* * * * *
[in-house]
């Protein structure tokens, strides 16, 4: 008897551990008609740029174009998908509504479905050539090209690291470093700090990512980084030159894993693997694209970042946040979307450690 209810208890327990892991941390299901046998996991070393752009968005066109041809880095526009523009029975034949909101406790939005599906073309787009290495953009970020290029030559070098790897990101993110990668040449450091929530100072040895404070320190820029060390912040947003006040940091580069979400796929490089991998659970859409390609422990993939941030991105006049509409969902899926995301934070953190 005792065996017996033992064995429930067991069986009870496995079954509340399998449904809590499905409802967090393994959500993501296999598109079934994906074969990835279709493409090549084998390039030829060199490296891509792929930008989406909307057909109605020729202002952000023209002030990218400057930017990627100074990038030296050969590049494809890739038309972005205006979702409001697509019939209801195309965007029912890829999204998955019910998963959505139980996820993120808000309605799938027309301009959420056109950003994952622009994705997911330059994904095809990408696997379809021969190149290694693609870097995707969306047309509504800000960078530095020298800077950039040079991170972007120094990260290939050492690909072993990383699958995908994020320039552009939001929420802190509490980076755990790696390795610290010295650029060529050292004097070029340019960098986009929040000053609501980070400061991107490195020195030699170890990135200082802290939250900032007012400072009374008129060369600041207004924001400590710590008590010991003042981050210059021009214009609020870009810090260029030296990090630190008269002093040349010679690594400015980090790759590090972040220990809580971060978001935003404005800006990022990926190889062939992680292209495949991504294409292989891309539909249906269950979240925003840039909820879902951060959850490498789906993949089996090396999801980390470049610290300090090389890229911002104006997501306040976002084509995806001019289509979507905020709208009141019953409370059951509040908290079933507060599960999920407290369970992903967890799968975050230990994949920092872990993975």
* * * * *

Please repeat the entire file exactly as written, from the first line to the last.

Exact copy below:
[in-house]
């Protein structure tokens, strides 16, 4: 008897551990008609740029174009998908509504479905050539090209690291470093700090990512980084030159894993693997694209970042946040979307450690 209810208890327990892991941390299901046998996991070393752009968005066109041809880095526009523009029975034949909101406790939005599906073309787009290495953009970020290029030559070098790897990101993110990668040449450091929530100072040895404070320190820029060390912040947003006040940091580069979400796929490089991998659970859409390609422990993939941030991105006049509409969902899926995301934070953190 005792065996017996033992064995429930067991069986009870496995079954509340399998449904809590499905409802967090393994959500993501296999598109079934994906074969990835279709493409090549084998390039030829060199490296891509792929930008989406909307057909109605020729202002952000023209002030990218400057930017990627100074990038030296050969590049494809890739038309972005205006979702409001697509019939209801195309965007029912890829999204998955019910998963959505139980996820993120808000309605799938027309301009959420056109950003994952622009994705997911330059994904095809990408696997379809021969190149290694693609870097995707969306047309509504800000960078530095020298800077950039040079991170972007120094990260290939050492690909072993990383699958995908994020320039552009939001929420802190509490980076755990790696390795610290010295650029060529050292004097070029340019960098986009929040000053609501980070400061991107490195020195030699170890990135200082802290939250900032007012400072009374008129060369600041207004924001400590710590008590010991003042981050210059021009214009609020870009810090260029030296990090630190008269002093040349010679690594400015980090790759590090972040220990809580971060978001935003404005800006990022990926190889062939992680292209495949991504294409292989891309539909249906269950979240925003840039909820879902951060959850490498789906993949089996090396999801980390470049610290300090090389890229911002104006997501306040976002084509995806001019289509979507905020709208009141019953409370059951509040908290079933507060599960999920407290369970992903967890799968975050230990994949920092872990993975």